A significant challenge concerns the ability to hire or re-train educational and research faculty members who can create safe and effective collaborative learning platforms. Re-training existing faculty is one of the most important levers in the successful implementation of the 50+20 vision. Our recommendations focus on two core activities, similar to those of the Carnegie / Ford reports of 1959 which shaped business schools for the past 50 years:
- The creation of an entirely new doctoral program to be created in existing business schools.
- The creation of a training organization, specializing in the transformation of existing faculty.
We envision the creation of a global faculty development and training structure that provides a comprehensive offering around the globe, with many stakeholders collaborating in its execution and sharing best practices where relevant and possible. Such training and development would need to focus on enabling existing and new faculty members to develop skills and competences in a) coaching and facilitation, b) transdisciplinary collaboration, c) critical review and broadening of their individual subject specialization, and d) broadening of existing and development of future-oriented research methodologies.
Such re-training would serve to professionalize and raise the level of the current business school faculty, similarly to emerging new deans programs offered by leading business schools or accreditation organizations.
A new way to measure success
Given that we are moving into unchartered territory, we need to be very careful with newly adopted paradigms or the levels of thinking we set to measure the success for the management school of the future. Guiding principles that evaluate to what degree a management school has implemented a designed vision includes the following considerations:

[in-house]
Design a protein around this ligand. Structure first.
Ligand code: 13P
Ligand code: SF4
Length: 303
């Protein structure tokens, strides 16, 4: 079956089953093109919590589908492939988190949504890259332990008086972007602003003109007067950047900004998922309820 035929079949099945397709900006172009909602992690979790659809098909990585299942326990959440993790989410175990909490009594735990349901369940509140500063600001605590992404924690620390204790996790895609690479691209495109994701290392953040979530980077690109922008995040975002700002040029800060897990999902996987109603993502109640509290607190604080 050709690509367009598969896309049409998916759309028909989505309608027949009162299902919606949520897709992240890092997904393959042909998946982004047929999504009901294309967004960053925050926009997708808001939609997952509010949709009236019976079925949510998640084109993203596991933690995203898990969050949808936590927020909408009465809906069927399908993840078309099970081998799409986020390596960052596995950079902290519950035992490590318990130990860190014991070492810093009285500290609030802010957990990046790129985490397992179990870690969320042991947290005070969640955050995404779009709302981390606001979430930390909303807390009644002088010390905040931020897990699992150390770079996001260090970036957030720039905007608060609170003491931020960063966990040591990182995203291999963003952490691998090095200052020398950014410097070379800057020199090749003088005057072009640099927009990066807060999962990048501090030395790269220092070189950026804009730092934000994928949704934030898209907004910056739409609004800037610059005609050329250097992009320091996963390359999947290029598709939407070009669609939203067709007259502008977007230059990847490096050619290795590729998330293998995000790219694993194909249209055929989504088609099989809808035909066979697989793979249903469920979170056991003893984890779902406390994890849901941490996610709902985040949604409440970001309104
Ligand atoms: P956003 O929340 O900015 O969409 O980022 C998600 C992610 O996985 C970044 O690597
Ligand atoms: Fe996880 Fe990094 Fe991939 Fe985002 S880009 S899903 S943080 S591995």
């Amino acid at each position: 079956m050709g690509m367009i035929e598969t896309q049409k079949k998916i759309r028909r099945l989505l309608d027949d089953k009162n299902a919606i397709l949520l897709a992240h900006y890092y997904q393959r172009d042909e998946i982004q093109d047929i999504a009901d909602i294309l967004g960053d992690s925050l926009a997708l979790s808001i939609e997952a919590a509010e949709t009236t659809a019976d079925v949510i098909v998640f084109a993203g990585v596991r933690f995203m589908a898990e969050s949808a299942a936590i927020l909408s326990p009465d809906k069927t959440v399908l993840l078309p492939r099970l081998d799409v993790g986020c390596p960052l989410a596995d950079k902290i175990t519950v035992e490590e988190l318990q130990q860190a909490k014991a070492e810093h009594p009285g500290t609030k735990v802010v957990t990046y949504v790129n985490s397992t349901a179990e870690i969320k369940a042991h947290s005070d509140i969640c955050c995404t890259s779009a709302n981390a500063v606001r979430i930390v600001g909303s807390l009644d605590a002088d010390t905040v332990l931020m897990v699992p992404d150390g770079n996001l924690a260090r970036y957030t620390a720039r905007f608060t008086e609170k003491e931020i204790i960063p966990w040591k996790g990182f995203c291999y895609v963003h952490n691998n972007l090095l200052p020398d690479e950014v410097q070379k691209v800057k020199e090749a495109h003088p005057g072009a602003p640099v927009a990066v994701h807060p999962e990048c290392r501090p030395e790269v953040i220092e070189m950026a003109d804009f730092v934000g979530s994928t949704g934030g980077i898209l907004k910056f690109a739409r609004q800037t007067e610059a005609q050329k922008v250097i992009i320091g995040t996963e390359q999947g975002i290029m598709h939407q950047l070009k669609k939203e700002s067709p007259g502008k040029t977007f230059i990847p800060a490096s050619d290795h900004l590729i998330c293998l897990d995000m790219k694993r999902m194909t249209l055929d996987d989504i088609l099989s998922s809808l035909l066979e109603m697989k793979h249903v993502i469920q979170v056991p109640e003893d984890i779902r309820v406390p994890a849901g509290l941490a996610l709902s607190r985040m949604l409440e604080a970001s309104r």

- Recognition of the responsibility to provide globally responsible leadership for a sustainable world.
- Relevant measures of the three roles of management education, namely: educating leaders, enabling companies with research and engaging in the public debate.
A critical factor will involve evaluating to what degree an institution applies its strategy in a real-world setting, requiring relevant measures for the three proposed roles of management education. These measures will be demonstrated by the degree to which the roles are embedded in the activities of its administrative, teaching and research staff. Future curricula will be evaluated based on their content, pedagogy, actions, fieldwork, and their transdisciplinary approach to learning. The evaluation of acquired skills, competencies and attitudes of graduates requires both short- and long-term reviews. Further, collaborating with alumni and stakeholder organizations can open the pathway to establishing and monitoring an agreed-upon oath to uphold responsible leadership for the world.
We imagine the management school of the future as an organic, expanding, potentially multi-location, networking organization offering a variety of tools and techniques, including on-site, virtual, free, as well as blended-learning approaches, ideally resulting from a collaboration of several engaged and contributing organizations. The underlying organizing principle is simple: How will your contribution serve the vision of providing responsible leadership for a sustainable world? The answers will vary, and the organizational structure will need to remain correspondingly flexible to adapt to new dimensions and interpretations.